And they said, all that stuff is great and we’re happy you’re trying to capture these root elements of the disease, but what are you actually going to do for us in the interim? How is this going to have an immediate benefit? How are you going to live up to these translational ideas that you’ve come in and you’ve talked about?

And they gave me suggestions. They gave me people to talk to. And one of them was a Dr. Jeff Bower at SUNY Cortland who had been running this exercise study on a high intensity exercise intervention usually used by these Olympic skiers. It’s called a react trainer. It’s this platform where people with Parkinson’s can just safely balance on an oscillating platform that moves underneath them. And they get a heck of a cardiovascular workout. And it’s been able to improve their motor and gait symptoms.

But there’s so much that’s unknown about how the training of the autonomic nervous system, which is really what exercise is, why it improves motor and gait symptoms for Parkinson’s disease. Even though people living with Parkinson’s are really passionate about exercise– there are the Rock Steady Boxing programs. Dance is an incredible intervention for people living with Parkinson’s, in part because it helps build intentionality around movements.

But we don’t have clear answers around how the brain and the autonomic nervous system are connected from exercise. And so we’ve been able to take people and do a pre- and post-study for this exercise intervention and ask questions not only about their interoceptive ability, these autonomic nervous system changes, but hopefully gather real evidence about how it actually works, so that we can tune it, and we can improve it.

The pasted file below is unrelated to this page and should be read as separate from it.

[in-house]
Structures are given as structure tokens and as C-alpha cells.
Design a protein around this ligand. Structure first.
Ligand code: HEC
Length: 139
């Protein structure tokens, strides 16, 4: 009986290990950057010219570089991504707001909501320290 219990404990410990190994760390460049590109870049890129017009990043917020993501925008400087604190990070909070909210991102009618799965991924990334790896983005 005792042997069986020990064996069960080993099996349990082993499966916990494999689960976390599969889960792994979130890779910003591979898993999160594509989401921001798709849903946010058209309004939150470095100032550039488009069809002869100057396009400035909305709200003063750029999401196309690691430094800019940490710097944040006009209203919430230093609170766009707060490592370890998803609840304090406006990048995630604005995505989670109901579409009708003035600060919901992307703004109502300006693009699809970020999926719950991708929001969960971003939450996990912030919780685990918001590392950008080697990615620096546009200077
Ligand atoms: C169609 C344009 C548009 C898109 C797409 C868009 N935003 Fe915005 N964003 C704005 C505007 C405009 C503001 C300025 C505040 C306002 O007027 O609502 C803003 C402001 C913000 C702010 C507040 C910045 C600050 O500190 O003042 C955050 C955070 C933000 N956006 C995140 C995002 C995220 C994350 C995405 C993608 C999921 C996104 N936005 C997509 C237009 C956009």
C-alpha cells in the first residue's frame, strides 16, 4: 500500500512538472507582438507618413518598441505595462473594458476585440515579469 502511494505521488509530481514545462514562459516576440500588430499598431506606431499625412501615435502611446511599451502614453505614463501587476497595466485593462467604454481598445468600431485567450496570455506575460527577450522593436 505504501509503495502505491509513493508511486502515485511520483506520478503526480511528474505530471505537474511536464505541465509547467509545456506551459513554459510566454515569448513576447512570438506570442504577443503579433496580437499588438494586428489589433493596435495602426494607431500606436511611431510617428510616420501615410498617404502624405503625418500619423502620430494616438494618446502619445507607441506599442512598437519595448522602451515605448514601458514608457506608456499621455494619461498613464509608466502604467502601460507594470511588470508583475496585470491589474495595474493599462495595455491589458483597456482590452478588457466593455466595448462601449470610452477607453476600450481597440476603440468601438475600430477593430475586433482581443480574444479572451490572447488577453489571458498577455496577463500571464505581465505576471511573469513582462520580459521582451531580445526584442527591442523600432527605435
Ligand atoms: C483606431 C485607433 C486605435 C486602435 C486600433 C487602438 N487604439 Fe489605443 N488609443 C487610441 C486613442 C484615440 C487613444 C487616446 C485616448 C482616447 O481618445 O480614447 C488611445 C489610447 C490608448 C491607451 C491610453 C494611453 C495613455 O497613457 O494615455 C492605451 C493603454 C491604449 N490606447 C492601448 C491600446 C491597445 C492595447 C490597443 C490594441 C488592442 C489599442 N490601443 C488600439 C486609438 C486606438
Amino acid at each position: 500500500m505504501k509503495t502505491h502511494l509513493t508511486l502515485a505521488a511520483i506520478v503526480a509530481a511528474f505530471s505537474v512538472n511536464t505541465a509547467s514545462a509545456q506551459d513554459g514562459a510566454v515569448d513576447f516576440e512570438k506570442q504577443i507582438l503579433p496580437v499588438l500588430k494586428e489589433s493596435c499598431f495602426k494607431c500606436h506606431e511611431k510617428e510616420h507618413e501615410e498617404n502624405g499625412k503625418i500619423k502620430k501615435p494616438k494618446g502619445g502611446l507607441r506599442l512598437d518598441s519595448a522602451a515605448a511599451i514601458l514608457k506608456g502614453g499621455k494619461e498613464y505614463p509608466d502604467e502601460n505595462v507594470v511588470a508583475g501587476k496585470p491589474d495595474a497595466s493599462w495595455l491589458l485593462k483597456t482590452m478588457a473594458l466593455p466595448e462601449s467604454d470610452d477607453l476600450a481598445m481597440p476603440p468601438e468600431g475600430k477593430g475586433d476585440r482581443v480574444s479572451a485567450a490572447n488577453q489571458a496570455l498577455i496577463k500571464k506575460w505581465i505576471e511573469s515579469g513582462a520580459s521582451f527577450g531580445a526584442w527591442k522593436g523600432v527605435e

And that’s the type of rigor and excellence you can get when you take a community approach to your research rather than saying, I’m just going to release this study. But thinking, well, who are the main actors really involved in my community, and what are the areas of interest that the stakeholders that I have, the people that I’m doing the research on behalf of, are passionate about?

And I think that’s what you can only get when you’re training to be a community neuroscientist, when you’ve come in from a policy or an impact background, and now you’re saying, well, how do I use science, how do I understand and then grab hold of the tools to actually be able to make impact in my community?

IRA FLATOW: Well, you sound like a very passionate person yourself. Is this a topic you’re likely to continue down the road once you complete your PhD? Where do you see yourself headed?

SENEGAL ALFRED MABRY: I think I’m passionate about this– again, everybody has a story around the disease. Mine begins– I was training on my amazing postdoc study, Dr. Elizabeth Riley’s large study on Alzheimer’s disease. And we were collecting data from a really diverse set of participants, Black people from Syracuse who we were able to win a partnership to bus out to Ithaca and do a study about their brain health.

And I met an older woman who was funny. She was attentive. She was a local gossip. She knew everybody and their mother’s business. And she had a resting tremor in her right hand, a telltale symptom. And when we gave her all of our cognitive tests, she just flunked every single one of them. And it didn’t represent the extremely resilient person that was in front of me. So I started on this, interested in how do we bring what we know from psychology research or from all of these places to honor and recognize this person’s resilience?

And so I think being in partnership with the Parkinson’s community and being a place where those stories come, and then trying to do really rigorous research to honor those stories and provide evidence to explain why those are the case and help people feel seen is what I want to do. I think you can do that best from a research seat because you’re often the ones in charge of or the ones stewarding, grabbing evidence, and generating evidence, and helping people understand the landscape.

IRA FLATOW: Well, Senegal, I am impressed with your drive and your energy and your motivation. And congratulations on your award. And I look forward to hearing from you in the future.

SENEGAL ALFRED MABRY: Hey, thank you so much for having me on.

IRA FLATOW: Thank you for taking time to be with us today. Senegal Alfred Mabry is a third-year PhD student in neuroscience at Cornell University in Ithaca, New York, and recently named a recipient of this year’s “Rising Black Scientist Award.”